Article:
For these pants you will need a basic pants pattern for woven fabric, either drafted to your measurements or a standard size that's closest to your waist measurement. These pants fit quite loosely around the hip, so a standard size will do just fine and still look great.

Start by  defining the lines where you're going to spread out the pattern. I'm going to spread at the center line / waist dart closest to the center front/back. I'm also going to spread the pieces at the crotch hook. Do this closer to the point where the line starts to curve rather than too close to the crotch point.

Cut along the lines, but leave a hinge where the circles are in the picture below

Take a piece of patter paper and draw a horizontal line. This will be aligned with the seat line.

Align the back piece with this line at the seat. measure 3 cm to the right and align the front piece at the seat line. I added a few centimeters here because I didn't want the crotch seam to cling to my body. if you're making narrower pants you can leave out this step. Or if you'd like more ease, for example if you have a full bum or belly or you're making very wide pants, you can add a little more, up to 6 cm. You can try and see what feels and looks the best for you.

Tape or glue to keep the pieces in place.

Now measure 6 cm at the leg on both pieces from the line at the inner thigh. Rotate the pieces at the hinge where you see a small circle. Tape to keep in place

Now measure 12 cm at the center line of the leg and rotate at the hinge at the point of the dart. Don't worry if your dart closes completely or not, we'll take care of this at the end. Tape the pieces to keep in place.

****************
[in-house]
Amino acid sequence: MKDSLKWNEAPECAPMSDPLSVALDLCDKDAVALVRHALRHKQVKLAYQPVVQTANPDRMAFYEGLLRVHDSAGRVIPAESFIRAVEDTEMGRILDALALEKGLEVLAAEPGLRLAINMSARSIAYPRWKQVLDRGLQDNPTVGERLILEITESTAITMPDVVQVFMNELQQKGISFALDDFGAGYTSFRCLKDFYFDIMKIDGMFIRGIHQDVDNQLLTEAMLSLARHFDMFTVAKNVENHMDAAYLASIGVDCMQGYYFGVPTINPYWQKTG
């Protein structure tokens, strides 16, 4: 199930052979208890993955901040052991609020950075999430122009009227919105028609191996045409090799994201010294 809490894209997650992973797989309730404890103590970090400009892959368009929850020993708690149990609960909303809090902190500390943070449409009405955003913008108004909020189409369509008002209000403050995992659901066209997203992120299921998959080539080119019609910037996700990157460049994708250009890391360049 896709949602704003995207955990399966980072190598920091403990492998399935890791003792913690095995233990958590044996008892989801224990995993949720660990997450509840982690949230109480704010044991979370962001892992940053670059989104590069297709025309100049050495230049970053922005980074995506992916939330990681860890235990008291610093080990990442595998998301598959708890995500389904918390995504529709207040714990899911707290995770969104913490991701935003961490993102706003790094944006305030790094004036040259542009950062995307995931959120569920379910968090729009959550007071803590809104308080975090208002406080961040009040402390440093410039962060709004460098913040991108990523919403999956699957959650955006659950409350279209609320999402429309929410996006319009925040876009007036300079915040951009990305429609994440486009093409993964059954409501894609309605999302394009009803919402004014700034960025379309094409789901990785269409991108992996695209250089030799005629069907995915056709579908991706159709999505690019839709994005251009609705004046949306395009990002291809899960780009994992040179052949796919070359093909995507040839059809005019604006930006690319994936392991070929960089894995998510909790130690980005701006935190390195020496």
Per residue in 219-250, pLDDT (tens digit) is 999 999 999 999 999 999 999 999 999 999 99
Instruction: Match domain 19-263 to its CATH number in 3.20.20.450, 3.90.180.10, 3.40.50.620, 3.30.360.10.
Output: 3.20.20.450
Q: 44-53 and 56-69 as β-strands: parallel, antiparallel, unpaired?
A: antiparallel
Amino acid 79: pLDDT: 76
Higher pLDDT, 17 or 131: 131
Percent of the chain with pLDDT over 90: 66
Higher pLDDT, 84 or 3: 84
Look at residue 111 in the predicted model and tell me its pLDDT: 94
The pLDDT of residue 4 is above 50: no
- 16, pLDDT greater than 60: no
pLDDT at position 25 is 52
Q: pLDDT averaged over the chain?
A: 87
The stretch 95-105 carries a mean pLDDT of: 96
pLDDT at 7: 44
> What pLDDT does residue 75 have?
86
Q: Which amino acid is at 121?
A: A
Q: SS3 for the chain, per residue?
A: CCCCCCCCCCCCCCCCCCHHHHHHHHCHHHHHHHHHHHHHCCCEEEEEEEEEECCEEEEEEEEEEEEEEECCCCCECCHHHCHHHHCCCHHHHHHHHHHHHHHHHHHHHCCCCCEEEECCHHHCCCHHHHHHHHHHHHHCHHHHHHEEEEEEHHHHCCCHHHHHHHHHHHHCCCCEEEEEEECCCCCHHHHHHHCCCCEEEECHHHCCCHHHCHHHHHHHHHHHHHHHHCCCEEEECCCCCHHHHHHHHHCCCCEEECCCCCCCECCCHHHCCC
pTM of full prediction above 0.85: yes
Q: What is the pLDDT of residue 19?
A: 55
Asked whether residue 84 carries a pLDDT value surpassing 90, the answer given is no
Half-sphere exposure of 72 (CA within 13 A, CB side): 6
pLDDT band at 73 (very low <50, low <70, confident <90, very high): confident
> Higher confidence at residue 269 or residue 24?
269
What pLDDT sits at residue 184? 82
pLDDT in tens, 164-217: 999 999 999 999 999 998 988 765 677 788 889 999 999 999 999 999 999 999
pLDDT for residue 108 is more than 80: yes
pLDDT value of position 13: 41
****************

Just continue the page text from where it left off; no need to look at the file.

Now measure 6 cm again on both sides at the outside of the leg (side seams) and draw a new side seam that connects to the hip line.

Join the pieces at the bottom leg and crotch line to create smooth curves.

Draw a grain line that's at a 90 degree angle with the crotch line.

Now, if your darts didn't close completely or if they overlapped where you spread out the leg, no worries.
If the dart didn't close completely you can either add the amount left over to the next dart if there's only like 0,5cm or less, or divide it between the dart and side seam if there's more than 0,5 cm or so

If your dart overlapped you can reduce the amount either from the side seam or the next dart.

I had about 0,5cm left of the dart so I just moved it to the next dart taking 0,25cm in from both sides.

If you want to add more or less flare to the leg, a basic rule of thumb would be to add half of the amount in the middle to the inner leg and side. 
For example if you wanted super wide pants you could add 24 cm to the middle of the leg and 12 cm to the inner leg and side seam.

And here you have a basic pattern for Palazzo-pants! :)
Have fun experimenting with different kinds of waist lines and waist bands, or adding some pockets!

You can also see the pants in action here :)

Monday, 4 July 2016

Inspiration: 1930s catalogue dress

Suvi-Vintage fair is now over and it's time to sit back and take a breath until it's time to go again.

I thought I'd take this lazy day and show you my day 1 outfit from the weekend.

30s calatogue dress made by CheriseDesign

I had already made this dress earlier for my shop in a different fabric, but I wanted one for myself as well. And since blue doesn't really suit me, I chose to use this vintage rayon fabric I had bought from a friend.

30s calatogue dress made by CheriseDesign
This version of the dress is available for purchase in my Etsy Shop. Model: Pussy C'outure.